Separately, the US Patent and Trademark Office's Patent Trial and Appeal Board on Tuesday said it will review three Qualcomm patents at issue in its International Trade Commission cases against Apple.
The German case is related to something called "bulk tension" or voltage in iPhones. The ruling from a regional court in Mannheim, translated from German, said Apple didn't infringe Qualcomm's patents because voltage in smartphones isn't constant. It dismissed the claim but said Qualcomm could appeal the ruling, something the company said it plans to do.
Tuesday's Mannheim ruling deals a blow to Qualcomm, which has largely been successful in cases against Apple. Last month, smartphones and ruled that the iPhone maker must halt sales of the device in Germany. And earlier that month, a Chinese court ordered four of Apple's Chinese subsidiaries to stop importing or selling iPhones because of patent infringement.that Apple infringed Qualcomm's technology for power savings in
Apple said in a statement that it's happy with the German court decision. "We regret Qualcomm's use of the court to divert attention from their illegal behavior that is the subject of multiple lawsuits and proceedings around the world," the statement says.
Qualcomm General Counsel Don Rosenberg, in a statement about the German ruling, noted Qualcomm's recent victories in Chinese, German and US courts.
"Apple has a history of infringing our patents," he said. "The Mannheim court interpreted one aspect of our patent very narrowly, saying that because a voltage inside a part of an iPhone wasn't constant the patent wasn't infringed. We strongly disagree and will appeal."
Apple and Qualcomm have been fighting over patents since January 2017, when Apple filed suit against Qualcomm for roughly $1 billion, saying the company didn't offer fair licensing terms for its technology. Apple wants to pay less to use Qualcomm technology in its devices. Qualcomm responded by suing Apple for patent infringement and by seeking a ban on iPhone sales. The company maintains that no modern handset, including the iPhone, would've been possible without its cellular technologies.
At the same time it's battling with Apple, Qualcomm is facing other suits by governments around the globe, including the US.
This month, Qualcomm and the US Federal Trade Commission are Qualcomm has a monopoly on modem chips and harmed competition by trying to maintain its power. The FTC, aided by Apple and modem-chip rival Intel, filed suit only days before Apple's suit in early 2017. The trial has revealed the inner workings of tech's most important business, smartphones, showing how suppliers wrestle for dominance and profits.over whether
Apple executives, including, have taken the witness stand for the FTC, to argue that Qualcomm hurt competition and ultimately caused higher prices for phones.
The FTC will rest its case Tuesday, and Qualcomm will begin offering its defense.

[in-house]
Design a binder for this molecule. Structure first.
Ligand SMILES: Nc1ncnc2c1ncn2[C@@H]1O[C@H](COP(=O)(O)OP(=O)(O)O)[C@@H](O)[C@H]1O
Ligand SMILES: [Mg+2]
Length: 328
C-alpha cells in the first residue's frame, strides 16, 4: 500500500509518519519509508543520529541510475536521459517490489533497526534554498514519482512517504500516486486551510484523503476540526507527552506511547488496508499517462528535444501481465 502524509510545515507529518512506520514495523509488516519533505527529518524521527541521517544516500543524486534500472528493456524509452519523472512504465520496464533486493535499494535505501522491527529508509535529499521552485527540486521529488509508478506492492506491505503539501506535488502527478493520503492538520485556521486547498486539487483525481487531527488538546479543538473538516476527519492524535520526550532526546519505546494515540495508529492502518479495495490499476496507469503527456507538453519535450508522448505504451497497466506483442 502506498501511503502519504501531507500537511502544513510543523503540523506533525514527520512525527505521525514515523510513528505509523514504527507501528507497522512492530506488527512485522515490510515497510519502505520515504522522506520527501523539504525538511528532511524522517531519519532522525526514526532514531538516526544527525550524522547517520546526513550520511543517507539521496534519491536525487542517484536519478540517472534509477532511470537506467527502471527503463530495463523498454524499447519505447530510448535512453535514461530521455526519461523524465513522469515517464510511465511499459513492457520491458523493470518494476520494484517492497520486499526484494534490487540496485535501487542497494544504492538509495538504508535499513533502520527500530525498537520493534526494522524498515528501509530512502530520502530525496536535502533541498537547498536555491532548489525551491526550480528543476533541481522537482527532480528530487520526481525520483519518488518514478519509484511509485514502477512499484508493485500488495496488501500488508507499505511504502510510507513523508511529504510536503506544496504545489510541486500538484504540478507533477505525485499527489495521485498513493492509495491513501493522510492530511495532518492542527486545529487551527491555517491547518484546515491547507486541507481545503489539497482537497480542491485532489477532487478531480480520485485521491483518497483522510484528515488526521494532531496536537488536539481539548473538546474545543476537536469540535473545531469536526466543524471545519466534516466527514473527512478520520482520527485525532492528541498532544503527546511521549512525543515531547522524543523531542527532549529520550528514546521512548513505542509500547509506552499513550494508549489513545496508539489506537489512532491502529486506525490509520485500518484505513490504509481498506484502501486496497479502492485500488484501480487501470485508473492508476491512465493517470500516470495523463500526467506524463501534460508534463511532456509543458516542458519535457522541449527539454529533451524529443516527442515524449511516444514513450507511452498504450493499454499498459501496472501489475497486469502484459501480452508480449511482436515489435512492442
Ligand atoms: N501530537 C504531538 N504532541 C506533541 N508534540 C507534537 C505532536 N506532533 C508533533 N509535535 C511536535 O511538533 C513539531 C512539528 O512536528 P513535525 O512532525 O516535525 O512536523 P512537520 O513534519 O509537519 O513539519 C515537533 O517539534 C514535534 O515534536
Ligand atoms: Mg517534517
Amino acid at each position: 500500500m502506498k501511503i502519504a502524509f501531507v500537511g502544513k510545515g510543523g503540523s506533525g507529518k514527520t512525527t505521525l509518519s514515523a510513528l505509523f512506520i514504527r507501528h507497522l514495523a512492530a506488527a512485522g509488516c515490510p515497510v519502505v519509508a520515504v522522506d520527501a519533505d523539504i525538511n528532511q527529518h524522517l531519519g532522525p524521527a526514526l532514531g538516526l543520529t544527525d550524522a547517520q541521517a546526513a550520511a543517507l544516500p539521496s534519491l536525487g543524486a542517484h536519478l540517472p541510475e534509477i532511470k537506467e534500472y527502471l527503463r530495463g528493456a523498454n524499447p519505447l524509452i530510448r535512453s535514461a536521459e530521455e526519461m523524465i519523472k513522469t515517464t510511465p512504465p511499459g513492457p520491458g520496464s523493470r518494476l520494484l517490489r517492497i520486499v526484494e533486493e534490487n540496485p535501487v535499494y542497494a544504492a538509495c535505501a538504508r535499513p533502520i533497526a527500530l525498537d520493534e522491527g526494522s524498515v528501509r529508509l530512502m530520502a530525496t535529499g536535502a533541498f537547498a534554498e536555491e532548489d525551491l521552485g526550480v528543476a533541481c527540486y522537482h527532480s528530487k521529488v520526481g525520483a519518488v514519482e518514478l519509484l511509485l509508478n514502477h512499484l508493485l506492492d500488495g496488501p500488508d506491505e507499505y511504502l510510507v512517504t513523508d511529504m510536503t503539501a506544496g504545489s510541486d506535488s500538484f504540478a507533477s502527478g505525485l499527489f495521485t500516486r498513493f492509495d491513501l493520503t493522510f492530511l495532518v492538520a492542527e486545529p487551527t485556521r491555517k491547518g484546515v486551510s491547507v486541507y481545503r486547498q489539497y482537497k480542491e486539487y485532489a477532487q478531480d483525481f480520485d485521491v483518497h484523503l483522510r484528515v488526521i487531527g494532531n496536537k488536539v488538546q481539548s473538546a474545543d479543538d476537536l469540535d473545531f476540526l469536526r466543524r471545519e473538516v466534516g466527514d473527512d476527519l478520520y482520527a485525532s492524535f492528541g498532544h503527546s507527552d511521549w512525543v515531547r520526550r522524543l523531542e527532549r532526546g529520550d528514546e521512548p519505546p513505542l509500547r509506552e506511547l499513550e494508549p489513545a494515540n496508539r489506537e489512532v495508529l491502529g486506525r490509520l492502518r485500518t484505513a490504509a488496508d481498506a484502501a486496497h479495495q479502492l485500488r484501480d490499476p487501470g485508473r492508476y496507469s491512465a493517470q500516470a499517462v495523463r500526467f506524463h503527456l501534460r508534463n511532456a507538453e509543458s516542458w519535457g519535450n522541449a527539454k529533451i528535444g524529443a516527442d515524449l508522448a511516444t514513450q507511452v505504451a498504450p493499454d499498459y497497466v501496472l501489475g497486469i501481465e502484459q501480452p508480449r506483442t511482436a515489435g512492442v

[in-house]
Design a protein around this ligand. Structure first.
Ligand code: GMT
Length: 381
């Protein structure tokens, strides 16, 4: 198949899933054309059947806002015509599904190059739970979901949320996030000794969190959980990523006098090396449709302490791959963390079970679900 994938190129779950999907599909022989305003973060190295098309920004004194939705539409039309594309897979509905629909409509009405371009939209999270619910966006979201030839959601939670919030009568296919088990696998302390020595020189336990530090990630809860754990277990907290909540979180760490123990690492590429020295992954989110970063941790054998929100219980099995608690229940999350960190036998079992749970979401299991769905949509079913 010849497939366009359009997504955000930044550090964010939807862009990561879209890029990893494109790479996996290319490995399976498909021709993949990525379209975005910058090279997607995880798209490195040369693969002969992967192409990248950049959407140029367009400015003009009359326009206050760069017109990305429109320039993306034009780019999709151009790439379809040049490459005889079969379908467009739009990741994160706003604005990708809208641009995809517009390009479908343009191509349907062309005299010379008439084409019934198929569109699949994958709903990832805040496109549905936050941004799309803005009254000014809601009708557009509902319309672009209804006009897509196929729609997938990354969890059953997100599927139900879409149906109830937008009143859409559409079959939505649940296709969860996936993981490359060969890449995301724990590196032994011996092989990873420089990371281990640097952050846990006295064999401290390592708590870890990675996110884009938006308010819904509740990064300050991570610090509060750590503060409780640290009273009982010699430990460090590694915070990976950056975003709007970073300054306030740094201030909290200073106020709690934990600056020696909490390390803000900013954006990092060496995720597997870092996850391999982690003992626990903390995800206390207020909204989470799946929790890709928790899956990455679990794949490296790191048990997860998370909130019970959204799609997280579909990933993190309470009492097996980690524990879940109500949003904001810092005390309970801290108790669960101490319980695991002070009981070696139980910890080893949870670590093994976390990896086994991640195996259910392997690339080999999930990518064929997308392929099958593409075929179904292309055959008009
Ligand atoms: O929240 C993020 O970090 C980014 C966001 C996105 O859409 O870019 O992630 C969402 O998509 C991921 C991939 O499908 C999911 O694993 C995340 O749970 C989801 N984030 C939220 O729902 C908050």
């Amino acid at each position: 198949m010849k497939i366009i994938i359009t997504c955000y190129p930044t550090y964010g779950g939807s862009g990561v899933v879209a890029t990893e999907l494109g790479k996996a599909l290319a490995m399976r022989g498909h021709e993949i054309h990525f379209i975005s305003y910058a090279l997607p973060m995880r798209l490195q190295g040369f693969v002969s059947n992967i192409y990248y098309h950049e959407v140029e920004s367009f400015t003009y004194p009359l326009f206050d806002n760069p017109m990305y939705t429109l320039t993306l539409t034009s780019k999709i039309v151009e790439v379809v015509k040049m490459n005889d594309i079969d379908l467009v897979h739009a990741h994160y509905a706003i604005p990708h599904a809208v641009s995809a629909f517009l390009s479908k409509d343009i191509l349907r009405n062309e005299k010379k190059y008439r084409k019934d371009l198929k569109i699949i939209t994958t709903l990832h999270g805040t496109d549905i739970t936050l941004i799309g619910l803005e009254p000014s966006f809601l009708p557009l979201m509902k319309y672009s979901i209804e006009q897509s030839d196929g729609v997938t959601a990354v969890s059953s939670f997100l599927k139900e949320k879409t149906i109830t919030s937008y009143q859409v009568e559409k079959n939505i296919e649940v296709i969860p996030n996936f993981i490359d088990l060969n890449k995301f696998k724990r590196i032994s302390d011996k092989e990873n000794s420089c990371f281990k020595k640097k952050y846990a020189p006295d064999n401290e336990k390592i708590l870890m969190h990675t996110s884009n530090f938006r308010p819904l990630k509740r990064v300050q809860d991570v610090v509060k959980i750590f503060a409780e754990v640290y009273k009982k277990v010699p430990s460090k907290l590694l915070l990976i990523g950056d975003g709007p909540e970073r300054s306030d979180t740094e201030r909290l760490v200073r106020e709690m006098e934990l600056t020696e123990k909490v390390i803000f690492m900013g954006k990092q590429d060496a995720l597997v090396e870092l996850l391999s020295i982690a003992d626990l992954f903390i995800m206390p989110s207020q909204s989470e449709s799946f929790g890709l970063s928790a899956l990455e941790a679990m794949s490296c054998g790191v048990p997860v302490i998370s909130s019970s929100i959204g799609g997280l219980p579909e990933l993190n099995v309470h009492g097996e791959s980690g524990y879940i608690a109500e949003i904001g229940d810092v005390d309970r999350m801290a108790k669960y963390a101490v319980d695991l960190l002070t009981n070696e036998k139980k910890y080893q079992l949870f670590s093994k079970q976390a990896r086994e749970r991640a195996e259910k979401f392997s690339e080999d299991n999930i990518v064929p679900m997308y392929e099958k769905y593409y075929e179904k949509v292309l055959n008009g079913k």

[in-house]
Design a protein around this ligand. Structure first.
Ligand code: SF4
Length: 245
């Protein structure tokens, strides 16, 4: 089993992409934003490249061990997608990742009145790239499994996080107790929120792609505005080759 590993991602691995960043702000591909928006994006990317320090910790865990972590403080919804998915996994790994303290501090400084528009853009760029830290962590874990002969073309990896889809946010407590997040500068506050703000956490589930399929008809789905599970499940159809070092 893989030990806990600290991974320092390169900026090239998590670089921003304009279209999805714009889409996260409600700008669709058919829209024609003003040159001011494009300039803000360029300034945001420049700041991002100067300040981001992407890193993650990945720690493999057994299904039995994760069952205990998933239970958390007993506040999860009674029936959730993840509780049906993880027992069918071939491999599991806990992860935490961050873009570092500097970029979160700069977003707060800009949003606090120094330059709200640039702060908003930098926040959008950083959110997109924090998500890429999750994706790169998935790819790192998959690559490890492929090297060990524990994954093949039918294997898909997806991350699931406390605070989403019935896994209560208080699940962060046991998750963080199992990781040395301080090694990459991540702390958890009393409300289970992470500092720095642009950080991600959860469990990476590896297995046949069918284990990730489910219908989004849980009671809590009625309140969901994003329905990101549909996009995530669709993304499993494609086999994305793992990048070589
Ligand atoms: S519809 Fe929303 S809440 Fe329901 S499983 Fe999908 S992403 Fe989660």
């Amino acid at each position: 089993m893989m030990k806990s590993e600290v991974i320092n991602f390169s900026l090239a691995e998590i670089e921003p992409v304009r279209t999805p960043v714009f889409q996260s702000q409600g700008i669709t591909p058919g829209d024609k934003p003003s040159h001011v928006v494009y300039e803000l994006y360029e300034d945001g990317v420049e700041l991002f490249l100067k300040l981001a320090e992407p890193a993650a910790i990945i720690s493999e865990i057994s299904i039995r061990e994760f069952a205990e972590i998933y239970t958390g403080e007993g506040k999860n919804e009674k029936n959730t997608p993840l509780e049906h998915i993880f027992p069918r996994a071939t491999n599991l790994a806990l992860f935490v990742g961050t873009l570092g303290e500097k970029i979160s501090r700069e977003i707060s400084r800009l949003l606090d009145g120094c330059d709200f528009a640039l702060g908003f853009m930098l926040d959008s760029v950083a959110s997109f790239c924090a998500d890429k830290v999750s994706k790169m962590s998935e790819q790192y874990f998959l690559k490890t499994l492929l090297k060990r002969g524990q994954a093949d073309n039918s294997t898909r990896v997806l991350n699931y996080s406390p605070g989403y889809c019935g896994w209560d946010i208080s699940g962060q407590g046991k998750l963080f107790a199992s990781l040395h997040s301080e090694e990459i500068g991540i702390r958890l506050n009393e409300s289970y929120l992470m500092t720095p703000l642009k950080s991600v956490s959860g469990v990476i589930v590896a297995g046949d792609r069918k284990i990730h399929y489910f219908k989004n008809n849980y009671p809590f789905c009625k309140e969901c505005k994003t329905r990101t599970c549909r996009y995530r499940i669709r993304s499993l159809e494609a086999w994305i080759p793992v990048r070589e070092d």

Meanwhile, the USPTO on Tuesday said it will start 10 inter partes reviews (IPR) on three Qualcomm patents. Such a review can result in the patents being invalidated.
The review requests for the three patents came from Apple and Intel. Patent No. 7,693,002 patent is for "dynamic word like drivers and decoders for memory arrays," something that can lower the complexity and power consumption of devices. Patent No. 9,608,675 relates to techniques for generating a power supply voltage for a circuit such as an amplifier. And patent No. 9,535,490 is for "power saving techniques in computing devices" helps reduce the electricity consumption by phones. It's the key patent asserted by Qualcomm in a suit against Apple.
"Institution of an inter partes review is authorized by statute when 'the information presented in the petition ... and any response ... shows that there is a reasonable likelihood that the petitioner would prevail with respect to at least [one[ of the claims challenged in the petition,'" the court filing said. The USPTO said that upon considering the petitions, there's "a reasonable likelihood" that certain claims of the patents aren't valid, and it plans to review the patents.
Over a year ago, Qualcomm asked the ITC to ban the import and sale of certain iPhones that use Intel's modem. Those would've included the iPhone X, 8, 8 Plus, 7 and 7 Plus that run on AT&T and T-Mobile. The phones that run on networks from Verizon and Sprint use Qualcomm's modem and wouldn't be included in the ban.
Qualcomm initially asserted 88 claims from six patents in that case. But the ITC in Septemberfrom one patent, '490. That's one that's being reexamined by the USPTO.
About 64 percent of the time following an IPR review, all patent claims are invalidated, according to a trial statistics report by the USPTO. Another 17 percent of the time, some claims are invalidated.
The stats don't bode well for Qualcomm, which has been using the '490 patent as its key claim against Apple in the US.
Qualcomm didn't immediately have a comment about the review.
Here's the list of patents and claims being examined:
- IPR2018-1265 – claim 31
- IPR2018-1293 - claims 1-6 and 8
- IPR2018-1295 – claims 16, 17 and 22-24
- IPR2018-1326 - claims 1-6 and 18-22
- IPR2018-1327 - claims 7-15, 17, 23-25, 27 and 33
- IPR2018-1328 - claims 1-3, 5, 7-15, 17-21, 23-25, and 27
- IPR2018-1329 - claims 28-30
- IPR2018-1330 - claims 28-30
- IPR2018-1340 - claims 31 and 32
- IPR2018-01249 - claims 1-28 and 31-37
Originally published at 9:38 a.m. PT
Updated at 11:57 a.m. PT with information about USPTO patent review.
Updated at 1:39 p.m. PT with information about additioanal USPTO reviews.
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